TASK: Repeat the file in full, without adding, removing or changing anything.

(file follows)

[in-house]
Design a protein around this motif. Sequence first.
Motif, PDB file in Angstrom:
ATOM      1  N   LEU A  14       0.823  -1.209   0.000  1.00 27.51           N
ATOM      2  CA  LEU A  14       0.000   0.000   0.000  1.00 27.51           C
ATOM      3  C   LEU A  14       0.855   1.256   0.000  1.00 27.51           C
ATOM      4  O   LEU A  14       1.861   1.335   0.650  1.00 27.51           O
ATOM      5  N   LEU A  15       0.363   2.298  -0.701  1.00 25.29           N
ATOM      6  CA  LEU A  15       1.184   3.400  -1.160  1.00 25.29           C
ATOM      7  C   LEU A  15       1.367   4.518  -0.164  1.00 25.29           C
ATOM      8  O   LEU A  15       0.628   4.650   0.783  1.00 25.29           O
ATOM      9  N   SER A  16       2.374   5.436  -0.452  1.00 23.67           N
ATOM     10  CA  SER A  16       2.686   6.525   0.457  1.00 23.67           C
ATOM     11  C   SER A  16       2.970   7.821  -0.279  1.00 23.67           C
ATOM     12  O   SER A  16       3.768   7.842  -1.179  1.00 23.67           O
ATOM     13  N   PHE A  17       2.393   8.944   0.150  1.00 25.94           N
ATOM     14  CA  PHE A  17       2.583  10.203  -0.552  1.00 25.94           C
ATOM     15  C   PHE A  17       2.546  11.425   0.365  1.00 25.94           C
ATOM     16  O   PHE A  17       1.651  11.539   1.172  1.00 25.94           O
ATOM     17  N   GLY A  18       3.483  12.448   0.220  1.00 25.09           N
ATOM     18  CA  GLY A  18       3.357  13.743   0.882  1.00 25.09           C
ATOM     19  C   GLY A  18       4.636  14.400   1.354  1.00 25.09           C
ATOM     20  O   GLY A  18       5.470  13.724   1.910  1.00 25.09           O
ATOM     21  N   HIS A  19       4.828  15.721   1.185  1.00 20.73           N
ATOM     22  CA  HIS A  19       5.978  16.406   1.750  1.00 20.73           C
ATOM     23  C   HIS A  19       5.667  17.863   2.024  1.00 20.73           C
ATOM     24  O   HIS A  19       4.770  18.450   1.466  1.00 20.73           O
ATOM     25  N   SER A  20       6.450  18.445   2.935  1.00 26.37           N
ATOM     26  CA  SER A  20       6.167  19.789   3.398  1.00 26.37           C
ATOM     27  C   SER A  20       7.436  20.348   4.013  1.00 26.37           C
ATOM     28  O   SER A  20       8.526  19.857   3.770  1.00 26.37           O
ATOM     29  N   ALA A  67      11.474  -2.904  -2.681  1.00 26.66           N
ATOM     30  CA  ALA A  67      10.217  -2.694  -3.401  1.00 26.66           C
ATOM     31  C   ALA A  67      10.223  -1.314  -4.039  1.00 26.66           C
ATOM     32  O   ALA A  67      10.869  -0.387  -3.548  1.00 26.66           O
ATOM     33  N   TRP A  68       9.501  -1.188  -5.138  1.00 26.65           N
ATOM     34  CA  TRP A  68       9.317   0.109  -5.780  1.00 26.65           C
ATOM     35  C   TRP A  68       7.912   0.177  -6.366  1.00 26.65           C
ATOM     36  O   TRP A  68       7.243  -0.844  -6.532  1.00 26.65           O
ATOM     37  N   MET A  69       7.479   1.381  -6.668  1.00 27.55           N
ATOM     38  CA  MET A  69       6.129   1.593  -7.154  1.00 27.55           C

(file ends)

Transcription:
[in-house]
Design a protein around this motif. Sequence first.
Motif, PDB file in Angstrom:
ATOM      1  N   LEU A  14       0.823  -1.209   0.000  1.00 27.51           N
ATOM      2  CA  LEU A  14       0.000   0.000   0.000  1.00 27.51           C
ATOM      3  C   LEU A  14       0.855   1.256   0.000  1.00 27.51           C
ATOM      4  O   LEU A  14       1.861   1.335   0.650  1.00 27.51           O
ATOM      5  N   LEU A  15       0.363   2.298  -0.701  1.00 25.29           N
ATOM      6  CA  LEU A  15       1.184   3.400  -1.160  1.00 25.29           C
ATOM      7  C   LEU A  15       1.367   4.518  -0.164  1.00 25.29           C
ATOM      8  O   LEU A  15       0.628   4.650   0.783  1.00 25.29           O
ATOM      9  N   SER A  16       2.374   5.436  -0.452  1.00 23.67           N
ATOM     10  CA  SER A  16       2.686   6.525   0.457  1.00 23.67           C
ATOM     11  C   SER A  16       2.970   7.821  -0.279  1.00 23.67           C
ATOM     12  O   SER A  16       3.768   7.842  -1.179  1.00 23.67           O
ATOM     13  N   PHE A  17       2.393   8.944   0.150  1.00 25.94           N
ATOM     14  CA  PHE A  17       2.583  10.203  -0.552  1.00 25.94           C
ATOM     15  C   PHE A  17       2.546  11.425   0.365  1.00 25.94           C
ATOM     16  O   PHE A  17       1.651  11.539   1.172  1.00 25.94           O
ATOM     17  N   GLY A  18       3.483  12.448   0.220  1.00 25.09           N
ATOM     18  CA  GLY A  18       3.357  13.743   0.882  1.00 25.09           C
ATOM     19  C   GLY A  18       4.636  14.400   1.354  1.00 25.09           C
ATOM     20  O   GLY A  18       5.470  13.724   1.910  1.00 25.09           O
ATOM     21  N   HIS A  19       4.828  15.721   1.185  1.00 20.73           N
ATOM     22  CA  HIS A  19       5.978  16.406   1.750  1.00 20.73           C
ATOM     23  C   HIS A  19       5.667  17.863   2.024  1.00 20.73           C
ATOM     24  O   HIS A  19       4.770  18.450   1.466  1.00 20.73           O
ATOM     25  N   SER A  20       6.450  18.445   2.935  1.00 26.37           N
ATOM     26  CA  SER A  20       6.167  19.789   3.398  1.00 26.37           C
ATOM     27  C   SER A  20       7.436  20.348   4.013  1.00 26.37           C
ATOM     28  O   SER A  20       8.526  19.857   3.770  1.00 26.37           O
ATOM     29  N   ALA A  67      11.474  -2.904  -2.681  1.00 26.66           N
ATOM     30  CA  ALA A  67      10.217  -2.694  -3.401  1.00 26.66           C
ATOM     31  C   ALA A  67      10.223  -1.314  -4.039  1.00 26.66           C
ATOM     32  O   ALA A  67      10.869  -0.387  -3.548  1.00 26.66           O
ATOM     33  N   TRP A  68       9.501  -1.188  -5.138  1.00 26.65           N
ATOM     34  CA  TRP A  68       9.317   0.109  -5.780  1.00 26.65           C
ATOM     35  C   TRP A  68       7.912   0.177  -6.366  1.00 26.65           C
ATOM     36  O   TRP A  68       7.243  -0.844  -6.532  1.00 26.65           O
ATOM     37  N   MET A  69       7.479   1.381  -6.668  1.00 27.55           N
ATOM     38  CA  MET A  69       6.129   1.593  -7.154  1.00 27.55           C